But, it’s up to individuals to take steps to safeguard their privacy. And, if media do cross lines, then we always have the rights to contact law enforcement and pursue court action against them. If the media never pushed a little, they’d never get to the bottom of anything. No FlakyHerb64 •I do not think the mass media oversteps their boundaries, for many reasons. I do not think the mass media oversteps their boundaries, for many reasons. First off, there is the freedom of speech factor. Mass media is usually run by citizens who want to portray their side of an issue or product.
Second, people, in general, crave knowledge. This is where the mass media produces the knowledge and news coverage we need right away. No SecondNoel50 •I think the media has the right and obligation to report on a wide variety of things. Public figures who argue that the “lame stream” media oversteps its bounds are the same people whose actions most need to be publicised. For instance, Sarah Palin often accuses the media of being overly invasive, but the media’s job is to expose potential leaders and other public figures for what and who they really are.
No ClammyErwin38 •Mass media does not overstep their boundaries, because they are just filling a demand in the market that has become part of our culture. I don’t believe that mass media oversteps their boundaries, because the demand is so high for constant coverage of everything. We have become so used to having 24-hour news channels and access to things once considered private, that mass media has become a demand and an expectation. If people begin to stop watching and buying into it, then the demand will go away.
But, for now, we are so used to being able to get information about anything we want at any time of the day, and that is due to the efforts of the mass media. And, I actually see it getting bigger and bigger, as our thirst for information grows. No SilentIgnacio •No, I think the mass media oversteps the bounds of decency sometimes, but not any legal boundaries. While it’s easy to hate the way mass media covers events and non-events, celebs and otherwise, I still wouldn’t advocate censorship. The best way to censor media is for the public to stop paying attention.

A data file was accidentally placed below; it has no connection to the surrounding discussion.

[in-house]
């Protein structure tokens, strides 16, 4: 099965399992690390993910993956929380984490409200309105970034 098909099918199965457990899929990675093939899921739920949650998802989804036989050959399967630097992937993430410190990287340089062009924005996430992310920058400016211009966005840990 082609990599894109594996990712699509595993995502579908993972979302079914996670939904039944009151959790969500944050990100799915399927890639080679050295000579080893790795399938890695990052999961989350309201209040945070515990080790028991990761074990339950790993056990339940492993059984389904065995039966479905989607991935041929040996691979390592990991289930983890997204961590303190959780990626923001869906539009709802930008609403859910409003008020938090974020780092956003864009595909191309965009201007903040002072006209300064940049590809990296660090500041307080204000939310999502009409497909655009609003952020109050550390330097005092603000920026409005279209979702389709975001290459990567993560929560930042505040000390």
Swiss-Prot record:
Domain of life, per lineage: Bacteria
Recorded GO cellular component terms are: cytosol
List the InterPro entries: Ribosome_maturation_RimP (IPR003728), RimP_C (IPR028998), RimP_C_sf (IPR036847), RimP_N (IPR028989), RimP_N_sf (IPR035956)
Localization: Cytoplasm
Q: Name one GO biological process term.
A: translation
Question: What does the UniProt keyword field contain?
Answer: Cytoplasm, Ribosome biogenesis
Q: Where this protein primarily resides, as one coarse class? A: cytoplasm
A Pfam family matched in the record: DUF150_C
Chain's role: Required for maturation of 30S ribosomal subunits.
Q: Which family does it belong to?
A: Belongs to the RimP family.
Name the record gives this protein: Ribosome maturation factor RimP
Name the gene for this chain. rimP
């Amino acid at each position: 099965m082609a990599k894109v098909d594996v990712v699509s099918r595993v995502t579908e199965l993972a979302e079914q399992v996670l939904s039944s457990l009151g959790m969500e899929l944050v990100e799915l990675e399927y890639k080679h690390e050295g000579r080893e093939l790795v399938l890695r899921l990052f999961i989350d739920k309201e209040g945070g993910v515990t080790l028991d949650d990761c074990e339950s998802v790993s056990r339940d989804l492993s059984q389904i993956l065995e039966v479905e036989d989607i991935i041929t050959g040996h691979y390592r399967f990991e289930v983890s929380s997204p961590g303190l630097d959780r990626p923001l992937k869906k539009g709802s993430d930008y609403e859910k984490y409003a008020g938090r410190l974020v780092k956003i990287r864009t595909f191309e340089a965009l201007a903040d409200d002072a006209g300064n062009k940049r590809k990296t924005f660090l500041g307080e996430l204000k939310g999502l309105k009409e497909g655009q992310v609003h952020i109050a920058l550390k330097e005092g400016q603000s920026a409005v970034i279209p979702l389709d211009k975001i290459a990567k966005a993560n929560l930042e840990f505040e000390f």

I wouldn’t want limits imposed on reporters beyond the Constitutional prohibition on libel. No Th4Fire •Mass Media does not overstep its boundaries, it falls under freedom of speech. As long as people are allowed to make decisions of whether to subject themselves to mass media or not, then mass media will never overstep its boundaries. Mass media targets those who it wishes to reach in most cases, and those groups are generally the same people who wish to be reached. Regardless, if the viewer has a choice to listen or not, then freedom of speech is in effect. No T3ddDemon The American mass media does not overstep its’ boundaries. America is a democracy. Democracies require a well-informed populace. The people are the masters of the machine, in a true democracy. The founders understood this. Therefore, they gave our press (i. e. mass media) privileges. They have the responsibility (i. e. a duty) to live up to the special power and privilege that has been allotted to them. Our media does not live up to their mandate. A recent example is the health care debate. We had numerous articles and broadcasts that worked to enrage us or to pull on our heart strings.
It was nearly impossible to find an article or a news story that detailed any of the proposals in any of the bills. We were being asked our feelings about bills, without ever being told what was in them. It should not be necessary, in a real democracy, for the populace to sit in on every legislative act, sit in every court room in this country, or personally audit every government official. This is the duty of the mass media. They are given the power to investigate and report, in order to provide us with the information we need. They do not go far enough.